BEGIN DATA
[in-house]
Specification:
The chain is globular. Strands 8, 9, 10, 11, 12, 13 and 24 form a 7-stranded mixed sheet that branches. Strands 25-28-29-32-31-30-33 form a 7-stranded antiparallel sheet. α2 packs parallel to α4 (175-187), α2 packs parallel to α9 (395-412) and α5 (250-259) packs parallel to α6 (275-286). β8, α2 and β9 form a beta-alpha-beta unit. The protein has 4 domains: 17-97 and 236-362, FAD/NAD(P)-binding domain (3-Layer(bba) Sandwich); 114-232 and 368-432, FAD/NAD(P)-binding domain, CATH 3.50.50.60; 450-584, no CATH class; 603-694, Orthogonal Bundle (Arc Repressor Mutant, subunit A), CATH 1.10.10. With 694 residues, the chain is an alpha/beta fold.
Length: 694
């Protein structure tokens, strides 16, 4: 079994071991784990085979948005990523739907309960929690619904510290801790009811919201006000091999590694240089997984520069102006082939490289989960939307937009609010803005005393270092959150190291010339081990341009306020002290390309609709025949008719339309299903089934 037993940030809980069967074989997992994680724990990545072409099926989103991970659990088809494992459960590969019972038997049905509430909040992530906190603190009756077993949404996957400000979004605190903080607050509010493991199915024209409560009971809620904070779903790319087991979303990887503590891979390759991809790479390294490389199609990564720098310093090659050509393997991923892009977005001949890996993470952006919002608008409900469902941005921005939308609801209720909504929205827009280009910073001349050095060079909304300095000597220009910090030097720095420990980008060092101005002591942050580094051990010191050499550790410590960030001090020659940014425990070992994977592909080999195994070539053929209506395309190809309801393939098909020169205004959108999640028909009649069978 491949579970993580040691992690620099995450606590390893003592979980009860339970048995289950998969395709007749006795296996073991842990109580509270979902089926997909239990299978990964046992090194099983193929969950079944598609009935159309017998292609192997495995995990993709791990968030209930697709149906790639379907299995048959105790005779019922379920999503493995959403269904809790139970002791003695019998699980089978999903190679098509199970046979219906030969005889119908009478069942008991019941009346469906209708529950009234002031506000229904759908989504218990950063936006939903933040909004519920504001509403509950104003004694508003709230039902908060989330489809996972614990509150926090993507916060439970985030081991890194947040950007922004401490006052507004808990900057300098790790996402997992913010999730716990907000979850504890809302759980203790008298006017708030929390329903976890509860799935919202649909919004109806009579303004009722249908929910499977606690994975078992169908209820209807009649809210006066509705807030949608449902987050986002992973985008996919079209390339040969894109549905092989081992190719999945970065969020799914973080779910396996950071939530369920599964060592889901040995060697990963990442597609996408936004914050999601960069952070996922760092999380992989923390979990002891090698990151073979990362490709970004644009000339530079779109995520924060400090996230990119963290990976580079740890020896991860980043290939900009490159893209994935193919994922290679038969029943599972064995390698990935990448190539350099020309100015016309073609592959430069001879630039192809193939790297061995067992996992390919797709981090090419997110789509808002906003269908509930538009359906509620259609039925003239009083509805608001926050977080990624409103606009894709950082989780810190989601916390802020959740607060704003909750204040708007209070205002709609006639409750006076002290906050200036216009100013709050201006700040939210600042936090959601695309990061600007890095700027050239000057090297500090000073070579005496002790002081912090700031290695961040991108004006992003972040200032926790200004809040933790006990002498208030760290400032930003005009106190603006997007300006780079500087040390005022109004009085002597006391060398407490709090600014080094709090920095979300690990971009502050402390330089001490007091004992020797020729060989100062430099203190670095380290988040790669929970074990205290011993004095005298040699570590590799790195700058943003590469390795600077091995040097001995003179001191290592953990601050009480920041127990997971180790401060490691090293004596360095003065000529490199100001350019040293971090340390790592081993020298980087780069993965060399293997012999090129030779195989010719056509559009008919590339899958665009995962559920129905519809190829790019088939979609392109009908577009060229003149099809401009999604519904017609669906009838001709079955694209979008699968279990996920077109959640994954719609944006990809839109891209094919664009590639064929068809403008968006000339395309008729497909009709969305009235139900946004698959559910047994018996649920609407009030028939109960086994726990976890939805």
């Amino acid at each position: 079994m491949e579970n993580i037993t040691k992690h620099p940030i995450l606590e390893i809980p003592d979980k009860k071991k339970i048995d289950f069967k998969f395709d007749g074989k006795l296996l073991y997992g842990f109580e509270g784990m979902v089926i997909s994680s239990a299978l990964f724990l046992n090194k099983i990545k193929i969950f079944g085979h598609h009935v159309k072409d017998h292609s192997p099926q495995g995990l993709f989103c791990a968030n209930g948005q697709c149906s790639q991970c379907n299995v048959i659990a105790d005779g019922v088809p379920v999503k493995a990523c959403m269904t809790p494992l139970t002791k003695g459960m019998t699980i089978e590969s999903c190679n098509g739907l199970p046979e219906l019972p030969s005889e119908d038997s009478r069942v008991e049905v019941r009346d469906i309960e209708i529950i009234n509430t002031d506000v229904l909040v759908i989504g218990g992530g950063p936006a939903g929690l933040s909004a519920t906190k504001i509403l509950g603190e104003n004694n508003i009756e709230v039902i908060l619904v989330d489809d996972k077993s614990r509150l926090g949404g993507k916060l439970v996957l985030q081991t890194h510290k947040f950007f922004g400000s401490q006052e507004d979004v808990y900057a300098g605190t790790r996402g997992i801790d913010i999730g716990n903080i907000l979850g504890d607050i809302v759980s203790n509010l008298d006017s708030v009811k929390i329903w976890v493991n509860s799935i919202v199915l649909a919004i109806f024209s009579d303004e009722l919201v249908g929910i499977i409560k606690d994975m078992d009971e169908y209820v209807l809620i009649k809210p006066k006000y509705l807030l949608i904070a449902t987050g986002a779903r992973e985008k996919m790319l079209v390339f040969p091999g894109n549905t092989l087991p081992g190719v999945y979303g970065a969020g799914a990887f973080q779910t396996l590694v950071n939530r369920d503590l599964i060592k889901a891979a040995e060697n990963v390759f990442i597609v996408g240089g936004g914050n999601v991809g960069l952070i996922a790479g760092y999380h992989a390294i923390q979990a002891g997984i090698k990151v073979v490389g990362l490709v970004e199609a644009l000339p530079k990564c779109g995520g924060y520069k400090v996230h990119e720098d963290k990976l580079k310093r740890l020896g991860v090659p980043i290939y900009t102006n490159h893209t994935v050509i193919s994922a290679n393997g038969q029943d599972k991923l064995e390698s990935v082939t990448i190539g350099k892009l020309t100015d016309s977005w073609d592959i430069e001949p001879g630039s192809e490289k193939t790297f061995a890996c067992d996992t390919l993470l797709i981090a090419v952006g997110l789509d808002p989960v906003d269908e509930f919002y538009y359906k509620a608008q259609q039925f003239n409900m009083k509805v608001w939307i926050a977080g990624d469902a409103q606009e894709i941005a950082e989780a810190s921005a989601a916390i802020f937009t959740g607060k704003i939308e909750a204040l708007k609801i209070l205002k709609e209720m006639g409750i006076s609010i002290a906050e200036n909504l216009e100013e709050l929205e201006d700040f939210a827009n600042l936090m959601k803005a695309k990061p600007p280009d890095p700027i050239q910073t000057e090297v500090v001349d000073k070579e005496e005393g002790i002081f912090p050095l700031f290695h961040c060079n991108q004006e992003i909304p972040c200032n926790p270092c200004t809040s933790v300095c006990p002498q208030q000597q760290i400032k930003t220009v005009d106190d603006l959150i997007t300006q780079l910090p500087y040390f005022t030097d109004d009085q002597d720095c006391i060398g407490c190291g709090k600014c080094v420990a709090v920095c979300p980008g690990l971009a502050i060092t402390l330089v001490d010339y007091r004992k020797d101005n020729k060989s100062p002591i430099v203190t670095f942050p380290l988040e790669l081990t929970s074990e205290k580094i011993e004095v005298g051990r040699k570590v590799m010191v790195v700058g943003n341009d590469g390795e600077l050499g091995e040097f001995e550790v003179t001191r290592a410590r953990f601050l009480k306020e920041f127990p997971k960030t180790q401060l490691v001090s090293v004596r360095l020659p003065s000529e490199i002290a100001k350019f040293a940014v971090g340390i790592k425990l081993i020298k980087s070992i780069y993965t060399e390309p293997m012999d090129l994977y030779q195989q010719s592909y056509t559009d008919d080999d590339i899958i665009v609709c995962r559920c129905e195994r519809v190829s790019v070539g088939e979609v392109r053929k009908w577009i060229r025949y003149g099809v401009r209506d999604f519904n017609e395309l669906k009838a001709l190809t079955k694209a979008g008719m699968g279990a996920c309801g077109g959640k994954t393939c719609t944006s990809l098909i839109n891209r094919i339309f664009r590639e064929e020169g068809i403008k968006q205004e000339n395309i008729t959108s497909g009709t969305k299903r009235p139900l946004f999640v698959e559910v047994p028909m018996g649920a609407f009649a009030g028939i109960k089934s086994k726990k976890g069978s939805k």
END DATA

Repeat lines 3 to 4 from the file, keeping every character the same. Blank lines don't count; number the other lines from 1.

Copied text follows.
The chain is globular. Strands 8, 9, 10, 11, 12, 13 and 24 form a 7-stranded mixed sheet that branches. Strands 25-28-29-32-31-30-33 form a 7-stranded antiparallel sheet. α2 packs parallel to α4 (175-187), α2 packs parallel to α9 (395-412) and α5 (250-259) packs parallel to α6 (275-286). β8, α2 and β9 form a beta-alpha-beta unit. The protein has 4 domains: 17-97 and 236-362, FAD/NAD(P)-binding domain (3-Layer(bba) Sandwich); 114-232 and 368-432, FAD/NAD(P)-binding domain, CATH 3.50.50.60; 450-584, no CATH class; 603-694, Orthogonal Bundle (Arc Repressor Mutant, subunit A), CATH 1.10.10. With 694 residues, the chain is an alpha/beta fold.
Length: 694